The UK Government has published its draft Finance Bill 2018-19 which retains the rent-a-room tax relief offered to individuals with spare rooms in their homes to take in a lodger.
However, the relief contains new rules on shared occupancy to ensure that the scheme is utilised by genuine lodgers only and not as a boost for gig economy renters.
Within the Government’s draft Finance Bill 2018-19, plans are afoot to implement a new rent-a-room relief test, requiring individuals in receipt of rental income to have shared occupancy of the property for all or part of the period of lodger occupation.
Rent-a-room relief allows homeowners to earn up to £7,500 of tax-free income from letting out furnished accommodation in their main or sole residence. The relief is applicable to rooms let to a single individual for 365 days of the year or rooms let out nightly to 365 different individuals.
The rent-a-room relief is separate from the new £1,000 property allowance, introduced from April 2017, which applies more generally to income a homeowner receives from their interest in a property.
The new relief test is designed to tackle system abuse by those in the gig economy due to the rise of property apps. The new ruling means that property owners who rent out their residence for one-off events - such as the Edinburgh Fringe or Wimbledon - and are not in residence at the time will be unable to claim the tax relief.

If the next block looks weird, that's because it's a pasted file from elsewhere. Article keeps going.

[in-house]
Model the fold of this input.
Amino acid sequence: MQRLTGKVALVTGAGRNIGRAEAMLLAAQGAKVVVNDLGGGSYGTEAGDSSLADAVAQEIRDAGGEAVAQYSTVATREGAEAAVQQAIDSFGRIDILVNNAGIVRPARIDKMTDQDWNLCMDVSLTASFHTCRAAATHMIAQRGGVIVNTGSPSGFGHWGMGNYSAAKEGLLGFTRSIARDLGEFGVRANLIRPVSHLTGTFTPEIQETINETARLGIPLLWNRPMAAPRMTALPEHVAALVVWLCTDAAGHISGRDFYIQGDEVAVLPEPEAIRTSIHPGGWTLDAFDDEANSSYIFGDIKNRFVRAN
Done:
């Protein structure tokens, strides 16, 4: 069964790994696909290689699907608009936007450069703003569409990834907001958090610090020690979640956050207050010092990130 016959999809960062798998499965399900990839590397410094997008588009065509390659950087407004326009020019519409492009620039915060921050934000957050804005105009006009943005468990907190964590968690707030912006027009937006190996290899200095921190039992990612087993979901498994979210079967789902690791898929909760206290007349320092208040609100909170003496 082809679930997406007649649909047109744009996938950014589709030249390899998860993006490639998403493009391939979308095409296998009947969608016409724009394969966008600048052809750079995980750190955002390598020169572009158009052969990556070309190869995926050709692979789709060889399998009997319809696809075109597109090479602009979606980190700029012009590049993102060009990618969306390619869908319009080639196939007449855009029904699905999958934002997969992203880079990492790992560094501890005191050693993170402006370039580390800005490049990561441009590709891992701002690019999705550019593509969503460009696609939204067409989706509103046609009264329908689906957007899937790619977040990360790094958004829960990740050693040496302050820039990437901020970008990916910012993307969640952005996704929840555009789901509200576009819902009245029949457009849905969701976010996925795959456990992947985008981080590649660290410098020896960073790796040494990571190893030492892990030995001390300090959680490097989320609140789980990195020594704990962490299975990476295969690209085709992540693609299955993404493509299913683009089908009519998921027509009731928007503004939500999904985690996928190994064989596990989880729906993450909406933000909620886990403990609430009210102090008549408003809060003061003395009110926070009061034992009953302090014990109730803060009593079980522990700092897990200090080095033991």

Jon Stride, co-chair of the Association of Taxation Technicians’ (ATT) Technical Steering Group, welcomed the Government’s decision to leave rent-a-room relief “mostly intact” and the introduction of new legislation that puts the question of sole or shared occupancy “beyond doubt”.
“We did not want to see any more complexity in this relief, which is intended to keep people out of the self-assessment tax system,” said Stride.
“One of the areas we had called for more guidance was whether or not the relief was still available when the landlord was absent on holiday during the letting. This new legislation will put the matter beyond doubt.
“Those who were using the relief to cover letting during their absence and will now lose the relief from April 2019 will need to consider if they can use the new £1,000 property allowance to exempt some or all of the income they receive.”
If you let rooms in your own home, your local TaxAssist Accountant can provide you with advice regarding all tax aspects of letting residential accommodation.